Using sudo options to enhance security

Sudo Security Voodoo

© Lead Image © Fernando Gregory,

© Lead Image © Fernando Gregory,

Article from Issue 223/2019

By taking the time to learn sudo's many options, you can make your system more secure.

The sudo command [1] has been around since the 1980s, but it has gained popularity in recent years as the default tool for running commands as root in Ubuntu. However, there's far more to sudo than Ubuntu's policy. In fact, sudo's man page is over 2,400 lines long, covering a staggering number of situations – some of which, like many powerful Linux commands, can get you in a lot of trouble if you are careless. sudo also offers options that can greatly enhance security, especially if you take the time to be creative.

Why would you want to enhance your security? The answer is that, from a security viewpoint, Ubuntu's use of sudo can be viewed as a problem (although opinions do differ). As you may know, when sudo is configured the way it is in Ubuntu, you can use the password for your everyday account to log in to sudo and run root commands. The trouble is that any password for an everyday account is exposed in a way that the root account is not, especially on the Internet. That means that if the everyday account is compromised, the intruder gains root access, too, if sudo is set up on the system. The traditional separate root password is more secure, although less convenient. Fortunately, though, you can manage both convenience and security by taking the time to learn the details of sudo.

Editing sudoers

sudo has a unique configuration system. You can configure the behavior of the sudo command using the sudoers file in the /etc directory (Figure 1). sudoers lists default behaviors and the privileges granted to individual users. As the top of the sudoers file warns, it should only be edited using the visudo command. visudo is designed to prevent you from editing sudoers in a way that would cripple or disable sudo by doing all editing in a temporary file and replacing the original file only when all editing is done. Should you make an error while editing sudoers, as you try to save, visudo will give you the option to reopen its temporary copy of sudoers to correct the errors (e) or discard your edits (X) – choices that you obviously should not ignore. Depending on the distribution, visudo may or may not display these choices, but they will be available whether displayed or not.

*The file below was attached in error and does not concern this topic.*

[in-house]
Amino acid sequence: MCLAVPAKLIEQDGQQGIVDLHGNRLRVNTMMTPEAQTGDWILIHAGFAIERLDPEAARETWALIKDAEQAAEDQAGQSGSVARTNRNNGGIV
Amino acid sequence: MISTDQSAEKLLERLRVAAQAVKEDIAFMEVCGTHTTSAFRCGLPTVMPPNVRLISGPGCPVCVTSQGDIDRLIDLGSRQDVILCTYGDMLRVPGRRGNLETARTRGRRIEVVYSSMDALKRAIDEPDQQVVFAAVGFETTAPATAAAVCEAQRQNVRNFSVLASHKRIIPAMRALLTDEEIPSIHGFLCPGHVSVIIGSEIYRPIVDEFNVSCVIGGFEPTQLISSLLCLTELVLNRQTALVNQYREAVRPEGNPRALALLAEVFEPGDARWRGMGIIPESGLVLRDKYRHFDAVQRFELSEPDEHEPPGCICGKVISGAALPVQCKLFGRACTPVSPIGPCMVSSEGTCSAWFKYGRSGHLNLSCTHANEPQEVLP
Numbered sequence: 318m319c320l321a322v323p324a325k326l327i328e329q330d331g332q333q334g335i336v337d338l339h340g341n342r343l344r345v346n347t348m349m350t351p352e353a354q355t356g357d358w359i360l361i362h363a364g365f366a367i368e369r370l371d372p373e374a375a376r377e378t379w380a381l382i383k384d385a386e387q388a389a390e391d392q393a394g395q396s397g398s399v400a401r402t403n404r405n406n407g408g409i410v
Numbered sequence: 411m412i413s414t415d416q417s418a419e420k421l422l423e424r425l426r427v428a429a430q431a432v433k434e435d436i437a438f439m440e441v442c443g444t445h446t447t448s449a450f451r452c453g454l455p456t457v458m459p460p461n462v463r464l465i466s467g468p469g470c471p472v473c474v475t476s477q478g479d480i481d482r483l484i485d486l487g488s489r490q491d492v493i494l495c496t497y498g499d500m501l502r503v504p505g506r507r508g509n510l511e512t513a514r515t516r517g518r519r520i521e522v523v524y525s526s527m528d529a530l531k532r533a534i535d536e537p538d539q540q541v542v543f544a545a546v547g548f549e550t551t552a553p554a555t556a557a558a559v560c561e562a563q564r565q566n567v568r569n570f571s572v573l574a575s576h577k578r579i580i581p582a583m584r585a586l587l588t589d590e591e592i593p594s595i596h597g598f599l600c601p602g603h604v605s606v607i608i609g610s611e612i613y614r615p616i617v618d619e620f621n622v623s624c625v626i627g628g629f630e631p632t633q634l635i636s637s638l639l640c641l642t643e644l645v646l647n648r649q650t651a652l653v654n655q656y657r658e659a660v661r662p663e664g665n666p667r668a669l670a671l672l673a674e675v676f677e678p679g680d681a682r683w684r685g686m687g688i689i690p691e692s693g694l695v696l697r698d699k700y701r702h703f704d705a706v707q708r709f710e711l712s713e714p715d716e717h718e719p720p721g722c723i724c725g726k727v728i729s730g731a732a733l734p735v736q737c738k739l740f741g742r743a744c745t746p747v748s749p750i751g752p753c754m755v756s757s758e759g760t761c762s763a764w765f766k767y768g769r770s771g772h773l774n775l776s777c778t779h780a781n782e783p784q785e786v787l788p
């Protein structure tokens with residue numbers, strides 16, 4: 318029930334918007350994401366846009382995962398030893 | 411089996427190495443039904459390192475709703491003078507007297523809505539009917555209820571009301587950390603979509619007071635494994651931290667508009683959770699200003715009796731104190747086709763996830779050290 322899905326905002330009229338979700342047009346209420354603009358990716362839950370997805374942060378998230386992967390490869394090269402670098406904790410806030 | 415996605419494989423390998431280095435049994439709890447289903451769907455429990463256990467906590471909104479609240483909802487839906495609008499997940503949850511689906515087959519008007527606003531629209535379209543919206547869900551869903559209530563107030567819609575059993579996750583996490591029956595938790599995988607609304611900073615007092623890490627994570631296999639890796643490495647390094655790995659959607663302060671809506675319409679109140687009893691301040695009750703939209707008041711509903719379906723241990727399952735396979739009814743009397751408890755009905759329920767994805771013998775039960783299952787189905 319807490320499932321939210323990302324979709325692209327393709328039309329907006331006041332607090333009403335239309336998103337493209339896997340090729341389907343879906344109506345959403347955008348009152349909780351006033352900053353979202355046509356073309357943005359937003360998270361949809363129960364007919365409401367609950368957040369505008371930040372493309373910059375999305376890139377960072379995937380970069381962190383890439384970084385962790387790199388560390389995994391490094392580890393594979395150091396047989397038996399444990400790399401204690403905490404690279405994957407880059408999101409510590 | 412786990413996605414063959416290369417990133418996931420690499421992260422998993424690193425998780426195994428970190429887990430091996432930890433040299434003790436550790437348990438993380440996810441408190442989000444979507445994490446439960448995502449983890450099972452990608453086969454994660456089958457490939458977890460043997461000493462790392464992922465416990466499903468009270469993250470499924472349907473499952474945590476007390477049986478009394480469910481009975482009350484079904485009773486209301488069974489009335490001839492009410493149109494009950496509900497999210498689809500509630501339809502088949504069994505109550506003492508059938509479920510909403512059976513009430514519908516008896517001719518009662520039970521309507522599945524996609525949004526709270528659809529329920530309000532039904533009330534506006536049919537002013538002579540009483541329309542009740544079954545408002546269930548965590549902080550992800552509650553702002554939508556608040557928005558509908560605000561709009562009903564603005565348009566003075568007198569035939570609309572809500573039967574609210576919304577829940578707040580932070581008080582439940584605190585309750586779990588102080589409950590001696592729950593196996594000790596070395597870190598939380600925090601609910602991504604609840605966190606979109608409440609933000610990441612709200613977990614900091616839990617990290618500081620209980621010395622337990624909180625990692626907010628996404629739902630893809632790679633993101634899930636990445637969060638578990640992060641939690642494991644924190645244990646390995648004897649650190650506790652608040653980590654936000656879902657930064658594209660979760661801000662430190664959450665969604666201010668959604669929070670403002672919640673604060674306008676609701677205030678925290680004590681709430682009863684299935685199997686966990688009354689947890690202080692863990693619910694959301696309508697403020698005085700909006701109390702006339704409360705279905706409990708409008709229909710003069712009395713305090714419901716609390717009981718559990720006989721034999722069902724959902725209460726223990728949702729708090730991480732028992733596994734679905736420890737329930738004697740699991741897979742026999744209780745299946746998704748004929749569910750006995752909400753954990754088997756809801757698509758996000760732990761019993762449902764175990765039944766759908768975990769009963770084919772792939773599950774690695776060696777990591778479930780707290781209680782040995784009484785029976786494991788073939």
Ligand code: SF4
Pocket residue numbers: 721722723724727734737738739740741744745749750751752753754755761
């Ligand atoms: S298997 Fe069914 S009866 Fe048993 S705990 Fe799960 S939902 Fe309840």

Use Express-Checkout link below to read the full article (PDF).

Buy this article as PDF

Express-Checkout as PDF
Price $2.95
(incl. VAT)

Buy Linux Magazine

Get it on Google Play

US / Canada

Get it on Google Play

UK / Australia

Related content

  • Command Line: Sudo and Passwords

    Sudo provides the building blocks to secure your system exactly the way you want it.

  • Sudo and PolicyKit

    If you give users who are usually supervised more scope to help themselves, they will need additional privileges. The sudo tool and the PolicyKit authorization service can control who does what on Linux.

  • PHP for Sysadmins

    Most admins tend to use the shell, Perl,or Python if they need a system administration script. But there is no need for web programmers to learn another language just to script a routine task. PHP gives admins the power to program command-line tools and even complete web interfaces.

  • Sudo Vulnerability

    A vulnerability in the sudo package gives sudo users more powers than they deserve.

  • Encrypting USB Sticks

    How easy is it to lose a USB stick? Why not protect your data just in case the stick falls into unfriendly hands?

comments powered by Disqus

Direct Download

Read full article as PDF:

Price $2.95